We agree with that conclusion. Due diligence does not mean that borrowers must presume their bank is lying or dissembling and therefore that further investigation is needed. Reading the blizzard of paper that sweeps before them is ample diligence in itself. In short, a borrower ought to be able to rely on the documents provided by a financial institution. Indeed, RESPA and TILA/HOEPA were passed, in large part, because Congress recognized that the average borrower is incapable of detecting many unfair lending practices, including fraud. “[W]hile the law of fraud does not endorse a ‘hear no evil, see no evil approach,’ neither does it require that an aggrieved party have proceeded from the outset as though he were dealing with thieves.” Jones v. Childers, 18 F.3d 899, 907 (11th Cir.1994) (additional quotation marks omitted). “A plaintiff ? cannot be expected to exercise diligence unless there is some reason to awaken inquiry and direct diligence in the channel in which it would be successful. This is what is meant by reasonable diligence.” Sheet Metal Workers, Local 19 v. 2300 Grp., Inc., 949 F.2d 1274, 1282 (3d Cir.1991) (internal quotation marks omitted). The Complaint here does not allege any facts disclosed on the face of the HUD–1s or that were otherwise provided to the Plaintiffs that should have awakened inquiry and demanded some further diligence. We conclude, therefore, that the Plaintiffs’ allegation that the class fully participated in all aspects of the mortgage loan transactions by “reviewing their loan documentation” is sufficient to satisfy the reasonable diligence requirement for equitable tolling in this case. (App. at 307, ¶ 409.) Cf. White, 2014 WL 4063344, at *5–6. In addition, proving that class members did, in fact, fully participate in the loan process in that fashion does not cause the issue of equitable tolling to predominate over issues common to the whole class.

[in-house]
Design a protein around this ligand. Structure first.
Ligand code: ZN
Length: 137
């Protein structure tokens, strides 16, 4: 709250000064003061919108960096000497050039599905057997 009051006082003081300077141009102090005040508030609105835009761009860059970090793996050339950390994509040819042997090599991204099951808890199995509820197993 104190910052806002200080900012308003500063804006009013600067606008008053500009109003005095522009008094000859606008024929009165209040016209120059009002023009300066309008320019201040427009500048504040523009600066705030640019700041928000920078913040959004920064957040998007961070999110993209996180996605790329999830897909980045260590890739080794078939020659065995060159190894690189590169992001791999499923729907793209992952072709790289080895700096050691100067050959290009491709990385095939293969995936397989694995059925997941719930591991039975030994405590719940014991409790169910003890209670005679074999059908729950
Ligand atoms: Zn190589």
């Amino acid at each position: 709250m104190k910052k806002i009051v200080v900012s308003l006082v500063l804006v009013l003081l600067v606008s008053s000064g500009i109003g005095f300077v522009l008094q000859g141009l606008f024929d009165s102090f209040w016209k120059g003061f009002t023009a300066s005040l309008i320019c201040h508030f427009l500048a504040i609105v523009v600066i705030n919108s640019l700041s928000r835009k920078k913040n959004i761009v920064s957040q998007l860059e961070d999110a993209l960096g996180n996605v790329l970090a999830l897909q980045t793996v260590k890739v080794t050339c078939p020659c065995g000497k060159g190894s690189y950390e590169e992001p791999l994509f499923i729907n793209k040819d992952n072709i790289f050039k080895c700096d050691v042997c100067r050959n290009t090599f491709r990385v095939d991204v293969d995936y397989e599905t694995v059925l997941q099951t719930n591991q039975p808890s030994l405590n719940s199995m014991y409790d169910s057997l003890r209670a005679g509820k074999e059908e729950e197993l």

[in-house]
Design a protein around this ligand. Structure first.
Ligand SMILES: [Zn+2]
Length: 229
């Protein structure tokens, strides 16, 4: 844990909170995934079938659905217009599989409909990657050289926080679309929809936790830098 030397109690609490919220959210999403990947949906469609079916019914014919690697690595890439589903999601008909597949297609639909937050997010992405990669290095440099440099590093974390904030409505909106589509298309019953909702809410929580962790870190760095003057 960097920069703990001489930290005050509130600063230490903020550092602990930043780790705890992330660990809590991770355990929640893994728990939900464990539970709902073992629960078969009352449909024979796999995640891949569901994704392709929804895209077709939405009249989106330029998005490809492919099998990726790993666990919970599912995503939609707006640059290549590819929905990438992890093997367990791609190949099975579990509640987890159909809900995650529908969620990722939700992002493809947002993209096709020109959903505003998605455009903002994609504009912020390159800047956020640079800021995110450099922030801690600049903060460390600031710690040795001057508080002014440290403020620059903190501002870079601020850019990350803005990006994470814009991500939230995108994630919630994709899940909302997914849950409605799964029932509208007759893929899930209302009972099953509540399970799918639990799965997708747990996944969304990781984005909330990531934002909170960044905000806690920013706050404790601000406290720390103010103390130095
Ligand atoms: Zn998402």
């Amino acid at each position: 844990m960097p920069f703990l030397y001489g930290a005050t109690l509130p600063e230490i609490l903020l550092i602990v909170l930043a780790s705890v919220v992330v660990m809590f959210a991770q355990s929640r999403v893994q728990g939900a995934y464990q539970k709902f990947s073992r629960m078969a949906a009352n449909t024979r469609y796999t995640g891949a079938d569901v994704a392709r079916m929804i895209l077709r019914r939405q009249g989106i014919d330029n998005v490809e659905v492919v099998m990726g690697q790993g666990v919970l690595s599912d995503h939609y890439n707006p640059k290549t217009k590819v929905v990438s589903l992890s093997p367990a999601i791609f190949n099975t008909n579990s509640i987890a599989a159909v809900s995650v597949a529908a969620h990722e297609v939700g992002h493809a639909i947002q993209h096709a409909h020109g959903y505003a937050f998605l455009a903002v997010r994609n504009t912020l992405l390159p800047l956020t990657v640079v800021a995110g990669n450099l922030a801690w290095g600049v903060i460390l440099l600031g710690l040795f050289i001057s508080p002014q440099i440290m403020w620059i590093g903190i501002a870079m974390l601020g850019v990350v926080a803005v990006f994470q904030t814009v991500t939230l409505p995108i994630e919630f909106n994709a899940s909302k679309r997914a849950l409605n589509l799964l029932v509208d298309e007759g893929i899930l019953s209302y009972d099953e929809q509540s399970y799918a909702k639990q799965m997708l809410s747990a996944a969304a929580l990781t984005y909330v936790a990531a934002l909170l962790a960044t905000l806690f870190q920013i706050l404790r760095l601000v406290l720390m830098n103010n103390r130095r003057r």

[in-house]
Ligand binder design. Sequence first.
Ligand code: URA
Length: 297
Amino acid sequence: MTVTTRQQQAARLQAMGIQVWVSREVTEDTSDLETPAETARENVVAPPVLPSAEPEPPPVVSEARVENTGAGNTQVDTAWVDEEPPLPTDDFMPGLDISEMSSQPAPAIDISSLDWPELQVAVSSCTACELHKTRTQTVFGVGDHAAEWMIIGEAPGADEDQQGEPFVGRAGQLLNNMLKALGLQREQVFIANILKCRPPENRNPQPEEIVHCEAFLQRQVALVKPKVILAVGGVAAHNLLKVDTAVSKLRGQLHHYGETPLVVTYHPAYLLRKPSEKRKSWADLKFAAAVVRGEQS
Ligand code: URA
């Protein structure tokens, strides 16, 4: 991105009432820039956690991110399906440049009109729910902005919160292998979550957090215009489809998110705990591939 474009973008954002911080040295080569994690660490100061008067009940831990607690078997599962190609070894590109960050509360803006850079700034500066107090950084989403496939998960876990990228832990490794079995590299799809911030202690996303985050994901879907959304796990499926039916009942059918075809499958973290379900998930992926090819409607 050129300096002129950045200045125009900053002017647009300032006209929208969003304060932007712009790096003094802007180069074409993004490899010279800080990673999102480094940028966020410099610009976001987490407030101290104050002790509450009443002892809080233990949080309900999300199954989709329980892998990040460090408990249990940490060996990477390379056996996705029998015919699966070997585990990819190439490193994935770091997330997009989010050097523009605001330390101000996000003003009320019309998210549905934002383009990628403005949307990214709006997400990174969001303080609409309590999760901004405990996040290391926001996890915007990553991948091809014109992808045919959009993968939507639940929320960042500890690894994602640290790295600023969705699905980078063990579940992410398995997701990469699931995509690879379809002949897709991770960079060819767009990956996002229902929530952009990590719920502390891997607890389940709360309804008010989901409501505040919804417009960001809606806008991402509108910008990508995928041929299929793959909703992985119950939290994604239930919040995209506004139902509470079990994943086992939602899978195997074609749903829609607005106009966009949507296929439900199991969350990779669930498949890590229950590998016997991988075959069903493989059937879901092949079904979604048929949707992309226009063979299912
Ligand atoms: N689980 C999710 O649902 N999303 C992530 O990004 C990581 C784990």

First, it asserts that, to litigate the RESPA claims, the putative class will be required to demonstrate on a loan-by-loan basis that no services were provided in exchange for the alleged kickbacks. But the Complaint alleges that Equity Plus performed absolutely no services to earn the transferred (i.e., kicked-back) portion of the fees, which is at least plausible in light of the contractual arrangement between Equity Plus and CBNV.23 While that allegation places a potentially onerous evidentiary burden on the Plaintiffs, it also leads us to conclude that, on the present record and at this stage of the case, PNC’s arguments fail to show that the District Court abused its discretion.
Second, PNC asserts that “there are several different types of [fees] that Plaintiffs are complaining about, and not all putative class members paid every such fee.” (Opening Br. at 48.) PNC contends that, as a result, the fact-finder will be required to determine what fees were assessed to each individual class member and whether Equity Plus performed services in exchange for each fee, and that such individual determinations would predominate in the litigation. That argument is also unpersuasive because, again, Equity Plus—the recipient of the settlement fees at issue in this case—allegedly performed no mortgage broker services in exchange for the fees and was contractually precluded from providing any services.
PNC’s third and fourth arguments can be addressed simultaneously. The third argument is that any claims premised on alleged violations of the affiliated business arrangement (“ABA”) disclosure requirements of RESPA would require loan-by-loan analysis of the ABA disclosures.24 The fourth argument is that any claims premised on CBNV’s alleged practice of charging “discount fees” without providing a discount interest rate in exchange would require an examination of each individual loan to see whether the borrower was charged a discount fee, and if so, whether the borrower obtained a discount or some other benefit as consideration for the fee. We need not address the merits of either of those arguments, however, because the alleged violations of the ABA disclosure requirements and the alleged discount fee practice are not essential to the Plaintiffs’ RESPA claims. The elements of the Plaintiffs’ RESPA claims that are “essential”—namely violations of the anti-kickback and unearned fee provisions of RESPA—can potentially be proven with common evidence. Hayes, 725 F.3d at 359 (“[T]he predominance requirement focuses on whether essential elements of the class’s claims can be proven at trial with common, as opposed to individualized, evidence.”).